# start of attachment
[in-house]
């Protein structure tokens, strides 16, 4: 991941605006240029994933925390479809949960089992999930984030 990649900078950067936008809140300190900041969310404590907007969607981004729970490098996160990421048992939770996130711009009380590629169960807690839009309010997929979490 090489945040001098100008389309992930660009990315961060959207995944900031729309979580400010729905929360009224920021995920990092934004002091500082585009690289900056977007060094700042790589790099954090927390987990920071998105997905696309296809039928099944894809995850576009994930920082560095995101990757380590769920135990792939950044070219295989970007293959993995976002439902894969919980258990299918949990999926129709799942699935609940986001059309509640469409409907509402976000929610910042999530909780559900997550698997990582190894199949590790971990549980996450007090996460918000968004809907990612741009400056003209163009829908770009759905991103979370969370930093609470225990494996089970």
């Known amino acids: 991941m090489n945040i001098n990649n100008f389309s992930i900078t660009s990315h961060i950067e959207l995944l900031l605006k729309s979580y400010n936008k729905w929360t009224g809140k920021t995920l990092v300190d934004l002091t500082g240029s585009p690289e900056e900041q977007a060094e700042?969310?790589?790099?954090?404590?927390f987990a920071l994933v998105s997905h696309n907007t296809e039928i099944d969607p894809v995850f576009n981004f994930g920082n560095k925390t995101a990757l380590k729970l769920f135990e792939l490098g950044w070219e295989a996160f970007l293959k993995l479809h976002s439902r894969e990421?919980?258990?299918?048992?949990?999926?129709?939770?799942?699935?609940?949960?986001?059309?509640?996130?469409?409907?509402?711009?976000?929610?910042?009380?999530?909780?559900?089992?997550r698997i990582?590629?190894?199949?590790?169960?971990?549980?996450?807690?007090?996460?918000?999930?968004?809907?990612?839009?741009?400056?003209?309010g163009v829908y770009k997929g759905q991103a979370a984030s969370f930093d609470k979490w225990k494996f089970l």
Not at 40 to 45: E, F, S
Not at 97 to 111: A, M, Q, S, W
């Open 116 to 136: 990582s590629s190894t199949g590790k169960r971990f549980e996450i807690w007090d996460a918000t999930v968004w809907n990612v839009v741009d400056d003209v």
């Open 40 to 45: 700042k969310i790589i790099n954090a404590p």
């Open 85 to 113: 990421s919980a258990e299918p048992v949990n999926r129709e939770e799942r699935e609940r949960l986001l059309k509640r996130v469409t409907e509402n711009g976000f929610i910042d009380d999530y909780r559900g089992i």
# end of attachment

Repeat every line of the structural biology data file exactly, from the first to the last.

[in-house]
């Protein structure tokens, strides 16, 4: 991941605006240029994933925390479809949960089992999930984030 990649900078950067936008809140300190900041969310404590907007969607981004729970490098996160990421048992939770996130711009009380590629169960807690839009309010997929979490 090489945040001098100008389309992930660009990315961060959207995944900031729309979580400010729905929360009224920021995920990092934004002091500082585009690289900056977007060094700042790589790099954090927390987990920071998105997905696309296809039928099944894809995850576009994930920082560095995101990757380590769920135990792939950044070219295989970007293959993995976002439902894969919980258990299918949990999926129709799942699935609940986001059309509640469409409907509402976000929610910042999530909780559900997550698997990582190894199949590790971990549980996450007090996460918000968004809907990612741009400056003209163009829908770009759905991103979370969370930093609470225990494996089970």
């Known amino acids: 991941m090489n945040i001098n990649n100008f389309s992930i900078t660009s990315h961060i950067e959207l995944l900031l605006k729309s979580y400010n936008k729905w929360t009224g809140k920021t995920l990092v300190d934004l002091t500082g240029s585009p690289e900056e900041q977007a060094e700042?969310?790589?790099?954090?404590?927390f987990a920071l994933v998105s997905h696309n907007t296809e039928i099944d969607p894809v995850f576009n981004f994930g920082n560095k925390t995101a990757l380590k729970l769920f135990e792939l490098g950044w070219e295989a996160f970007l293959k993995l479809h976002s439902r894969e990421?919980?258990?299918?048992?949990?999926?129709?939770?799942?699935?609940?949960?986001?059309?509640?996130?469409?409907?509402?711009?976000?929610?910042?009380?999530?909780?559900?089992?997550r698997i990582?590629?190894?199949?590790?169960?971990?549980?996450?807690?007090?996460?918000?999930?968004?809907?990612?839009?741009?400056?003209?309010g163009v829908y770009k997929g759905q991103a979370a984030s969370f930093d609470k979490w225990k494996f089970l």
Not at 40 to 45: E, F, S
Not at 97 to 111: A, M, Q, S, W
């Open 116 to 136: 990582s590629s190894t199949g590790k169960r971990f549980e996450i807690w007090d996460a918000t999930v968004w809907n990612v839009v741009d400056d003209v």
């Open 40 to 45: 700042k969310i790589i790099n954090a404590p």
């Open 85 to 113: 990421s919980a258990e299918p048992v949990n999926r129709e939770e799942r699935e609940r949960l986001l059309k509640r996130v469409t409907e509402n711009g976000f929610i910042d009380d999530y909780r559900g089992i």